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November 29, 2020 40 min



I'm burying my head deep

into a distant May


a stretch from this late January where an

unseasonable warmth

has reawakened

these lilacs beneath my skin


(they sprawl, varicose,

purple clusters

across my forearms

around the backs

of my shoulders)


come close

it's on my breath

the soil radiant but cool

just three handfuls down:

water from a spring melt filtering

deep to the roots


the china-doll's broken foot

spent shell casings

and chimney stones

marked by old fires have torn

my nails

wedged the nutrients deep into

my fingers

where growth begins



mid-winter hike


home is where I'm too whole and each

step in any direction

is the losing of something


I replace the pieces

with something new—

light on the crusted snow

leg bone of a deer

gnawed twice,

by coyote and myself

trying to get at the marrow

of things


I want to return satiated

full of something I hadn't missed

before, so spent I'm unable

to sleep for dreaming



pine cones grow warm

on the side of this hill

where sun has drawn back

the snow


the dry grass, the needles

glow with an idea of what spring is—

memory and prophecy


the cones open

their wooden petals

and seeds are always hidden

near the center waiting for



only wind

and the winter birds' chatter

can speak so patiently

of the slow hand of sun opening up


a bit at a time




I'm not alone out here,

someone dogs me

at every turn

I fumble to recall

the name

as I stumble home

carrying words

so as not to jostle them

into a trite retelling

who is it? I spin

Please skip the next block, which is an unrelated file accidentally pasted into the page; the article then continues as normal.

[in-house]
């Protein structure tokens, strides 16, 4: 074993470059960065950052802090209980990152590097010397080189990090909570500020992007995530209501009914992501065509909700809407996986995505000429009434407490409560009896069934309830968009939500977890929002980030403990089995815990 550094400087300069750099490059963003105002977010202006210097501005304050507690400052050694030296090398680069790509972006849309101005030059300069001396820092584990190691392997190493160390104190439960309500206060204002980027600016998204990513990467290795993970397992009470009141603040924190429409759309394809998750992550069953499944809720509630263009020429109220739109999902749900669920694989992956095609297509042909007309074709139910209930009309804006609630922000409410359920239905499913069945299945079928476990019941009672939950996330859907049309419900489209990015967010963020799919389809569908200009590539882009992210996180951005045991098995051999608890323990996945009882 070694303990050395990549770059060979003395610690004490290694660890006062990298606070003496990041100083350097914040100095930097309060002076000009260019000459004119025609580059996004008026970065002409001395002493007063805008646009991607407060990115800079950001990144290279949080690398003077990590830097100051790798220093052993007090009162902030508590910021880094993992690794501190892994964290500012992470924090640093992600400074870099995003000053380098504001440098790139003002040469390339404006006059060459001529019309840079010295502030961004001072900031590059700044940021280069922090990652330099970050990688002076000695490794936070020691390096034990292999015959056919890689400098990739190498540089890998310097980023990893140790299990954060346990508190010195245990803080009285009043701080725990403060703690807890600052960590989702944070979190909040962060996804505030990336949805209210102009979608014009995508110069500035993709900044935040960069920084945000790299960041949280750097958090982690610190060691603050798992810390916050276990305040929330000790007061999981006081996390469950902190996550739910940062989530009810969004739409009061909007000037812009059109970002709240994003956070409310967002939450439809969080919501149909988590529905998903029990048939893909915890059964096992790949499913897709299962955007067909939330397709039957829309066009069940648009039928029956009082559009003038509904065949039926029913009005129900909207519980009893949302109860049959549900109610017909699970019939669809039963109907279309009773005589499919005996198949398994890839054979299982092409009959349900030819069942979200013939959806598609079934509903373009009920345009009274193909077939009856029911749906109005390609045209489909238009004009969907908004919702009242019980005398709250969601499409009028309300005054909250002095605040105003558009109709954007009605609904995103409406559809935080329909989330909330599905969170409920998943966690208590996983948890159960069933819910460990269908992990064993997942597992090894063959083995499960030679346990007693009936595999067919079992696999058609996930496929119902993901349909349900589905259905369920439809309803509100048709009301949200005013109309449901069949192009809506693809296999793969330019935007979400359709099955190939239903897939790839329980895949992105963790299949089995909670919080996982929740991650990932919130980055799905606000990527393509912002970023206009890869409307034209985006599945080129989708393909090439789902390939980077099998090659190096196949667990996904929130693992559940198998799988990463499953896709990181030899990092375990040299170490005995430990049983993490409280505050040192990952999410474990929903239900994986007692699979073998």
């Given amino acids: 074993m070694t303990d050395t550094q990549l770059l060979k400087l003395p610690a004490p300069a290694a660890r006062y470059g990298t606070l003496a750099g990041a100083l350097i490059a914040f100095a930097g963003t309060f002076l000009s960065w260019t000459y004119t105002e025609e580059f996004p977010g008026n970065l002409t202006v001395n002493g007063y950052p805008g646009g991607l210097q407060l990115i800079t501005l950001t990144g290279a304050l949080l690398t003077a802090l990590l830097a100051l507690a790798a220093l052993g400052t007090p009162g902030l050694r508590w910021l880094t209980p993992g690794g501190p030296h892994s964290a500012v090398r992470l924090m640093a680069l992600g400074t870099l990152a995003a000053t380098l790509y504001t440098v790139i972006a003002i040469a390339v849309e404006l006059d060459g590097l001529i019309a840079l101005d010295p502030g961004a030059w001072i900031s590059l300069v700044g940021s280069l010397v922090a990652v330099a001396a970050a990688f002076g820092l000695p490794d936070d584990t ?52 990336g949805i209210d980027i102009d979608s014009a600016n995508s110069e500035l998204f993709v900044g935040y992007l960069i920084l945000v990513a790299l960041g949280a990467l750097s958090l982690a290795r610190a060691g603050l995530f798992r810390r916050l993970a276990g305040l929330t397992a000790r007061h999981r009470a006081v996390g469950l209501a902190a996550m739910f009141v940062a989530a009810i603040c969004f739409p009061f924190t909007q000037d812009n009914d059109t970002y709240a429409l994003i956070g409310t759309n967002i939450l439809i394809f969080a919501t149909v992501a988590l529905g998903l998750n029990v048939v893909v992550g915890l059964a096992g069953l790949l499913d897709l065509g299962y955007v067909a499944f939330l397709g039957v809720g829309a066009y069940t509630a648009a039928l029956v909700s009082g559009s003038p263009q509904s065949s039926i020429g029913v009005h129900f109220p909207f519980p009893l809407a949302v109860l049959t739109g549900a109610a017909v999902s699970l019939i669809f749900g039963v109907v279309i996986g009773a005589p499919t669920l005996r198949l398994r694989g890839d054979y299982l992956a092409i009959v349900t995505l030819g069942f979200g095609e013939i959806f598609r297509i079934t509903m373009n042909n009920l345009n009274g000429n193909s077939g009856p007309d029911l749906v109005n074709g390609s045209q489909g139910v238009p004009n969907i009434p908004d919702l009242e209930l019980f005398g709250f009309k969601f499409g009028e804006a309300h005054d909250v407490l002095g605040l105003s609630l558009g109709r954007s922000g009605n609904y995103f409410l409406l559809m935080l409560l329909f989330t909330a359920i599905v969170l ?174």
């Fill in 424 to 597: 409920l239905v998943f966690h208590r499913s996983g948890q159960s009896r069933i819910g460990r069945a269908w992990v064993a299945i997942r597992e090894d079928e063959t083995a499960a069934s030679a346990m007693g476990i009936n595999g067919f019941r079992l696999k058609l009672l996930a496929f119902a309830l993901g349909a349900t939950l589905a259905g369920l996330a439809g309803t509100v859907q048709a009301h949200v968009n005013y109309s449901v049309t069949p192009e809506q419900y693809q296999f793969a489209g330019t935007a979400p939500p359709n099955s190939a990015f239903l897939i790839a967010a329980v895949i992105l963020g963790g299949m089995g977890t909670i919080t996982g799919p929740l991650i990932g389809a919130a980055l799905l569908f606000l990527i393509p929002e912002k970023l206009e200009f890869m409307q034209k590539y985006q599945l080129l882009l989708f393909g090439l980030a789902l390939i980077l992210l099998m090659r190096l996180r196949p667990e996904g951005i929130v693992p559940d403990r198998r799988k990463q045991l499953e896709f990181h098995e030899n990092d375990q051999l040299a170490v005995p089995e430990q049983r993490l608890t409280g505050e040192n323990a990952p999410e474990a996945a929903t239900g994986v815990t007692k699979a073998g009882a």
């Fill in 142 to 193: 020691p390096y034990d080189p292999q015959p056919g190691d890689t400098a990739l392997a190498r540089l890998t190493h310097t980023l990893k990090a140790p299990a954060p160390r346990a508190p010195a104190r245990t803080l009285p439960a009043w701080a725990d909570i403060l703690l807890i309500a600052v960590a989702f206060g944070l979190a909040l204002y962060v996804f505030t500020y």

who's there?


out this far, it's impossible

to be alone



before you teach


a few hours before class

drive out Tinton road

until you leave any traffic

behind you

the trees will not distract you

they will stand

perfectly still


here, you must leave the

the beaten path

and join them along

an ancient road left



wind your way among them

to a shaded spot

and kill your engine

from here you travel

on foot


speed is no longer

your goal

each step is a lesson



here, dig into

the hard dirt bank

find egg-shaped rocks

fractured by the weight

of millennia

and know that a thing

whether fertile or not

left long unhatched

turns to stone


think as you walk

of the mountain lion

waiting patiently

for a sign of weakness

know that hunger

is his nature

and that you have come here

with only a pocket knife

and your senses

see—he has left

for you a sign

claw marks in the mud hole

long and deep,

count them

one, two, three, four, five

straight as a treble clef left empty and waiting

for your half

of his composition



coming home

roll down all the windows

and drive fast

letting the dust

filter in

sprinkle, flavor

your books your papers

even your skin

the sweat of the journey

will make it stick

and you will taste it

in your teeth

even as you speak

to your students




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